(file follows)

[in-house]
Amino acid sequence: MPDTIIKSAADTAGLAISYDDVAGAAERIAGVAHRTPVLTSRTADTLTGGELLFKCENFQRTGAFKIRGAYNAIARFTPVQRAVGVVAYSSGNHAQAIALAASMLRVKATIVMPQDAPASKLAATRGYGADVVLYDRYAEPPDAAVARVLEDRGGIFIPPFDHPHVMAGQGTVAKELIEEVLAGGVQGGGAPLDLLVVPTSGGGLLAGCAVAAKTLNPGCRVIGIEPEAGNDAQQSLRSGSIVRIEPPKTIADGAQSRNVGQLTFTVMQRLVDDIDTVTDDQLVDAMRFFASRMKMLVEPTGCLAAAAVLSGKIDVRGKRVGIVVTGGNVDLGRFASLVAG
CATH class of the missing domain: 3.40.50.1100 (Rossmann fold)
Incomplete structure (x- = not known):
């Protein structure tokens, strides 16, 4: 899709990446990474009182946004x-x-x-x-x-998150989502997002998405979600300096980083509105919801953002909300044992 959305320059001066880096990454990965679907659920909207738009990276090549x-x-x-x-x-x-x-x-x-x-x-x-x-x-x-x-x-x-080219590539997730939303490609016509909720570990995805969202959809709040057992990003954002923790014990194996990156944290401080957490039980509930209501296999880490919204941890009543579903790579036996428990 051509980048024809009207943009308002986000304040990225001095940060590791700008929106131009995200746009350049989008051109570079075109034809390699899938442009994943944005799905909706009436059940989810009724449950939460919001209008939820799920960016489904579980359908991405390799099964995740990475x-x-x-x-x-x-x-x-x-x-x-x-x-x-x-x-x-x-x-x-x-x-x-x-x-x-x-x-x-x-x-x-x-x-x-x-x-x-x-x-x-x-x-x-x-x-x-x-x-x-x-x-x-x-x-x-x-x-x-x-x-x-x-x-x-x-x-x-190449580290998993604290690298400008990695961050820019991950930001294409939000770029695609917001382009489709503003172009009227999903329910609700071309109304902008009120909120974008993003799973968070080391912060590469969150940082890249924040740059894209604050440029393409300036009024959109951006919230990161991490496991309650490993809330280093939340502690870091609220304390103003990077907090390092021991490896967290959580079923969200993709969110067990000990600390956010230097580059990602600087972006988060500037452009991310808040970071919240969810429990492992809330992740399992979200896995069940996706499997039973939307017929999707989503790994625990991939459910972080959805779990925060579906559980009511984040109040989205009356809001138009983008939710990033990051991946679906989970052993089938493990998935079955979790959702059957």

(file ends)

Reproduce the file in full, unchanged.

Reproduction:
[in-house]
Amino acid sequence: MPDTIIKSAADTAGLAISYDDVAGAAERIAGVAHRTPVLTSRTADTLTGGELLFKCENFQRTGAFKIRGAYNAIARFTPVQRAVGVVAYSSGNHAQAIALAASMLRVKATIVMPQDAPASKLAATRGYGADVVLYDRYAEPPDAAVARVLEDRGGIFIPPFDHPHVMAGQGTVAKELIEEVLAGGVQGGGAPLDLLVVPTSGGGLLAGCAVAAKTLNPGCRVIGIEPEAGNDAQQSLRSGSIVRIEPPKTIADGAQSRNVGQLTFTVMQRLVDDIDTVTDDQLVDAMRFFASRMKMLVEPTGCLAAAAVLSGKIDVRGKRVGIVVTGGNVDLGRFASLVAG
CATH class of the missing domain: 3.40.50.1100 (Rossmann fold)
Incomplete structure (x- = not known):
């Protein structure tokens, strides 16, 4: 899709990446990474009182946004x-x-x-x-x-998150989502997002998405979600300096980083509105919801953002909300044992 959305320059001066880096990454990965679907659920909207738009990276090549x-x-x-x-x-x-x-x-x-x-x-x-x-x-x-x-x-x-080219590539997730939303490609016509909720570990995805969202959809709040057992990003954002923790014990194996990156944290401080957490039980509930209501296999880490919204941890009543579903790579036996428990 051509980048024809009207943009308002986000304040990225001095940060590791700008929106131009995200746009350049989008051109570079075109034809390699899938442009994943944005799905909706009436059940989810009724449950939460919001209008939820799920960016489904579980359908991405390799099964995740990475x-x-x-x-x-x-x-x-x-x-x-x-x-x-x-x-x-x-x-x-x-x-x-x-x-x-x-x-x-x-x-x-x-x-x-x-x-x-x-x-x-x-x-x-x-x-x-x-x-x-x-x-x-x-x-x-x-x-x-x-x-x-x-x-x-x-x-x-190449580290998993604290690298400008990695961050820019991950930001294409939000770029695609917001382009489709503003172009009227999903329910609700071309109304902008009120909120974008993003799973968070080391912060590469969150940082890249924040740059894209604050440029393409300036009024959109951006919230990161991490496991309650490993809330280093939340502690870091609220304390103003990077907090390092021991490896967290959580079923969200993709969110067990000990600390956010230097580059990602600087972006988060500037452009991310808040970071919240969810429990492992809330992740399992979200896995069940996706499997039973939307017929999707989503790994625990991939459910972080959805779990925060579906559980009511984040109040989205009356809001138009983008939710990033990051991946679906989970052993089938493990998935079955979790959702059957």